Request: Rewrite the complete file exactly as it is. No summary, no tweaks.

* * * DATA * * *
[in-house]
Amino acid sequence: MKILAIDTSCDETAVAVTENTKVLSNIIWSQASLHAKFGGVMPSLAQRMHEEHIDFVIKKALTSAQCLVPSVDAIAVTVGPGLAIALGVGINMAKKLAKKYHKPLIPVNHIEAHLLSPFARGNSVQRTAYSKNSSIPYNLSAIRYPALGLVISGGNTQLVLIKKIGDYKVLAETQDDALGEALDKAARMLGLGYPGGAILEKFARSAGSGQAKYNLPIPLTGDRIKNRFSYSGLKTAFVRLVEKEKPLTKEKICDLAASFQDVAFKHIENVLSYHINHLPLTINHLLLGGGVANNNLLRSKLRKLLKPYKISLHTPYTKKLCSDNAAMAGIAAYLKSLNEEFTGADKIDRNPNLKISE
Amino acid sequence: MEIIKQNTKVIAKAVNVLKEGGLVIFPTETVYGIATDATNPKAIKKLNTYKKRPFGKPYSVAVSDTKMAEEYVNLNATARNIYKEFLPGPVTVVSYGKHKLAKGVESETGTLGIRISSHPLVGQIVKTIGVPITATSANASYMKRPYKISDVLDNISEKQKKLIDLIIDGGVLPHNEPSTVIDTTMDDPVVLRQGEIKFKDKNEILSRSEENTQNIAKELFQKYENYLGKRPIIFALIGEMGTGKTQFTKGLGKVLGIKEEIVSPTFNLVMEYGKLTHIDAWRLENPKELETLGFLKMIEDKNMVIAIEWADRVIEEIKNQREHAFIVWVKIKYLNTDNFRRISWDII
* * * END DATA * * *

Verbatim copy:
[in-house]
Amino acid sequence: MKILAIDTSCDETAVAVTENTKVLSNIIWSQASLHAKFGGVMPSLAQRMHEEHIDFVIKKALTSAQCLVPSVDAIAVTVGPGLAIALGVGINMAKKLAKKYHKPLIPVNHIEAHLLSPFARGNSVQRTAYSKNSSIPYNLSAIRYPALGLVISGGNTQLVLIKKIGDYKVLAETQDDALGEALDKAARMLGLGYPGGAILEKFARSAGSGQAKYNLPIPLTGDRIKNRFSYSGLKTAFVRLVEKEKPLTKEKICDLAASFQDVAFKHIENVLSYHINHLPLTINHLLLGGGVANNNLLRSKLRKLLKPYKISLHTPYTKKLCSDNAAMAGIAAYLKSLNEEFTGADKIDRNPNLKISE
Amino acid sequence: MEIIKQNTKVIAKAVNVLKEGGLVIFPTETVYGIATDATNPKAIKKLNTYKKRPFGKPYSVAVSDTKMAEEYVNLNATARNIYKEFLPGPVTVVSYGKHKLAKGVESETGTLGIRISSHPLVGQIVKTIGVPITATSANASYMKRPYKISDVLDNISEKQKKLIDLIIDGGVLPHNEPSTVIDTTMDDPVVLRQGEIKFKDKNEILSRSEENTQNIAKELFQKYENYLGKRPIIFALIGEMGTGKTQFTKGLGKVLGIKEEIVSPTFNLVMEYGKLTHIDAWRLENPKELETLGFLKMIEDKNMVIAIEWADRVIEEIKNQREHAFIVWVKIKYLNTDNFRRISWDII